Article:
2013 has been a year for many things.
With eighty-or-so years of life to cover, The Butler affords us only brief glimpses of the world through which Cecil, often wordlessly, passes. A succession of recognizable faces take on the procession of Presidents that make up the butler’s tenure.
Afforded only a few scenes each, these it’s up to actors the likes of Robin Williams and Liev Schreiber to sell these one-note appearances. William’s Eisenhower is stooped, Schreiber’s LBJ haunted by deepening involvement in Vietnam. Their roles are limited to what they did (or didn’t do) for civil rights: Gerald Ford appears only in TV footage, Jimmy Carter doesn’t even get a look-in.
Cecil’s passivity, his quiet forbearance, is contrasted with Louis’ firebrand temperament. A scene where guests rising at a Presidential dinner is juxtaposed with civil rights campaigners remaining resolutely seated at a Deep South diner is neat, but doesn’t quite connect with The Butlers’ basic view of inequality.
Resolutely tasteful, The Butler never truly delves into the power structures in American life, the prejudices, that allowed (and still allow) for institutionalized racism. Instead, it sticks to a simple, but dramatically potent representation of 20th Century domestic politics.
When James Marsden’s compassionate, martyred JFK says that he never understood what the black community went through till he viewed it for himself, it feels like the remit for the whole film: illustrative as opposed to analytical; a senior school sociology lesson disguised as cinema.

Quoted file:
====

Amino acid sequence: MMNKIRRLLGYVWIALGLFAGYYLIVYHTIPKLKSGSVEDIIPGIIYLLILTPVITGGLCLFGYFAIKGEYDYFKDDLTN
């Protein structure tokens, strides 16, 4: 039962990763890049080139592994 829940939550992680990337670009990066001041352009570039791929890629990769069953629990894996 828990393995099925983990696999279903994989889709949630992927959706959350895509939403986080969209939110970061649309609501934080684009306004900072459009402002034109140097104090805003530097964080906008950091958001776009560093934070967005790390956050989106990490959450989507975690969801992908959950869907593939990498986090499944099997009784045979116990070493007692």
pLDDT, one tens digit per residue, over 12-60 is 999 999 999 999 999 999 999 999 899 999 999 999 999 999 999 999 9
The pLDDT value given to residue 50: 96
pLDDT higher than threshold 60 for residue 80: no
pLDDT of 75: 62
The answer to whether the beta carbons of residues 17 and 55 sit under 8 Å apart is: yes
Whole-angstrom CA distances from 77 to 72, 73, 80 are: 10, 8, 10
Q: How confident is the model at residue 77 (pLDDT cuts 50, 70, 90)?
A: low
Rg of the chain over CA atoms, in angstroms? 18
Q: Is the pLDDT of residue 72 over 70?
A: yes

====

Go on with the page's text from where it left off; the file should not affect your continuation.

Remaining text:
Meanwhile, The Butler has assembled perhaps the best black supporting cast since The Help (Tate Taylor’s otherwise patronizing, overrated gloss on the crusading white woman). Terrence Howard, Cuba Gooding, Jr., Lenny Kravitz – all make honorable appearances. Oprah Winfrey’s turn as Cecil’s loyal, long-suffering wife, who struggles with loneliness and alcoholism, is the stuff that Best Supporting Actress nominations are made of.
While not as striking or memorable as many of its predecessors to have explored issues of race and power, the film is still superficially rewarding. Vanessa Redgrave briefly plays the decorous mother of Pettyfer’s plantation owner while Joan Fonda is Nancy Reagan in a blink-and-you’ll-miss-her cameo. Again, the casting is phenomenal if showy.
As President’s come and go – John Cusack as an understated “Tricky Dick” Nixon, Alan Rickman’s unctuous Ronald Reagan – Louis comes to understand his estranged father’s reticence while Cecil, worn down by years of silent struggle, finally embraces the need for action, however symbolic.
Amidst images of Federal troops at Little Rock and helicopters touching down in the Far East, there’s a subtle emotionality to The Butler that sneaks up on you: Cecil Gaines and his pocket-watch tirelessly measuring out the seconds; the movement towards change that, in the words of Sam Cooke, really must be gonna come.
Though limited and somewhat reductive – the film ends with Obama’s inauguration, as though that marked the end of racism – The Butler is unashamedly middlebrow and mainstream, but more accessible, perhaps, than McQueen’s 12 Years.
Though it lacks the same potency and resonance, Lee Daniels The Butler may prove the more resilient for it.